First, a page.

Bloomberg News

MF Brokerage Has $1.6 Billion Shortfall to Pay Commodity Claims

February 13, 2012

Feb. 11 (Bloomberg) -- The trustee liquidating MF Global Inc. brokerage said the firm has a shortfall of at least $1.6 billion to pay commodity customers’ claims.

James Giddens, the trustee, gave the estimate yesterday after counting allowable customer claims and the assets under his control. Giddens previously estimated the shortfall at about $1.2 billion and has now folded in $700 million that he is disputing with the administrators of MF Global’s U.K. affiliate. The gap, which applies to commodities customers who traded on U.S. and foreign exchanges, will change over time as claims are processed and assets recovered, he said.

“The estimated deficiency may rise or fall in significant amounts,” Giddens said in a statement.

The trustee has said customers of the bankrupt futures brokerage, formerly run by Jon Corzine, may not recover all their money. Giddens has traced most of the more than $327 billion in transactions completed during the brokerage’s last days. The banks, clearing houses and customers that received the funds may be subject to lawsuits seeking the money for customers missing funds from their accounts, Giddens has said.

Gap Figures

The gap was calculated after counting about $6.9 billion in claims by commodity customers, Giddens spokesman Kent Jarrell said. The trustee has returned about $3.9 billion that was frozen in customer accounts, and has $1.4 billion left as a reserve, Giddens said yesterday. That means there’s a shortfall of “at least $1.6 billion” to pay the remaining $3 billion owed to those customers, Jarrell said in an e-mail. It’s a different calculation from the previous one involving missing funds of $1.2 billion, Jarrell said.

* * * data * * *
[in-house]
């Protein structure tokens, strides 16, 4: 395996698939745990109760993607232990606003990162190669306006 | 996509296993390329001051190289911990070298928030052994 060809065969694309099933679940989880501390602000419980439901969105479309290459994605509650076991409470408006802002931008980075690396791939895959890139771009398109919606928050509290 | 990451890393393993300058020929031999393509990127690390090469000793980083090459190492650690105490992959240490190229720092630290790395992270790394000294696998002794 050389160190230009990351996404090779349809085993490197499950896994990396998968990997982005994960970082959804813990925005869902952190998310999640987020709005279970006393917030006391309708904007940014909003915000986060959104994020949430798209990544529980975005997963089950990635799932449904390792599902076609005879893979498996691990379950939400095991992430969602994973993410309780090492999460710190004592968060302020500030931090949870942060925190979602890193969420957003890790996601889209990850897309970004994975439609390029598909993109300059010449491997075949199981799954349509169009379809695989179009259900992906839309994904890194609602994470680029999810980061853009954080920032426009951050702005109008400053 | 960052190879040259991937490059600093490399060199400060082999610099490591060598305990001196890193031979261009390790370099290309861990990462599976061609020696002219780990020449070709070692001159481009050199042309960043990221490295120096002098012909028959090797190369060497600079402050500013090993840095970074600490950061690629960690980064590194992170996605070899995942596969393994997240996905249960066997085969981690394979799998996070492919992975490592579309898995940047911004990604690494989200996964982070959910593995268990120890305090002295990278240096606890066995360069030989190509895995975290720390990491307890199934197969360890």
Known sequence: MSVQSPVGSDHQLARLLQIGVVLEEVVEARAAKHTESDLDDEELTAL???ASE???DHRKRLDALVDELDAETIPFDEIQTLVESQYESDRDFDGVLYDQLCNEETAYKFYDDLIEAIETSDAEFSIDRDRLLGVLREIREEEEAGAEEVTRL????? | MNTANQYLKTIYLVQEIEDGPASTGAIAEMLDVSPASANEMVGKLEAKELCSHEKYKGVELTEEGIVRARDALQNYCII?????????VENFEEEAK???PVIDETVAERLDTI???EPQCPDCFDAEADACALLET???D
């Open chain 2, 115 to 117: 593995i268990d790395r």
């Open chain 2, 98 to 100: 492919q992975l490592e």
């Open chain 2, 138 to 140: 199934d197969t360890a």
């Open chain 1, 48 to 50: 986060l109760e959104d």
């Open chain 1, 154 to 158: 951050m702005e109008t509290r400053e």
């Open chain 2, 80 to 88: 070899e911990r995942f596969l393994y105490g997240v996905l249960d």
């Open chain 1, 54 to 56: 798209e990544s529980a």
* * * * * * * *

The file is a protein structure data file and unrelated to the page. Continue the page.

The gap between MF Global’s securities customers’ claims and assets available for them hasn’t been calculated yet, and all claims will have to be checked for accuracy, Giddens said.

MF Global Holdings Ltd., the brokerage’s parent, filed the eighth-largest U.S. bankruptcy on Oct. 31 after making bets on sovereign debt and getting margin calls. Corzine, a former governor of New Jersey and former co-chairman of Goldman Sachs Group Inc., has said he didn’t authorize any misuse of customer money that may have occurred.

The brokerage case is Securities Investor Protection Corp. v. MF Global Inc., 11-02790, U.S. District Court, Southern District of New York (Manhattan). The parent’s bankruptcy case is MF Global Holdings Ltd., 11-bk-15059, U.S. Bankruptcy Court, Southern District of New York (Manhattan). The main investor case is DeAngelis v. Corzine, 11-cv-7866, U.S. District Court, Southern District of New York (Manhattan).

--With assistance from Matthew Leising in New York. Editors: Fred Strasser, Stephen Farr

To contact the reporters on this story: Linda Sandler in New York at lsandler@bloomberg.net

To contact the editor responsible for this story: John Pickering at jpickering@bloomberg.net


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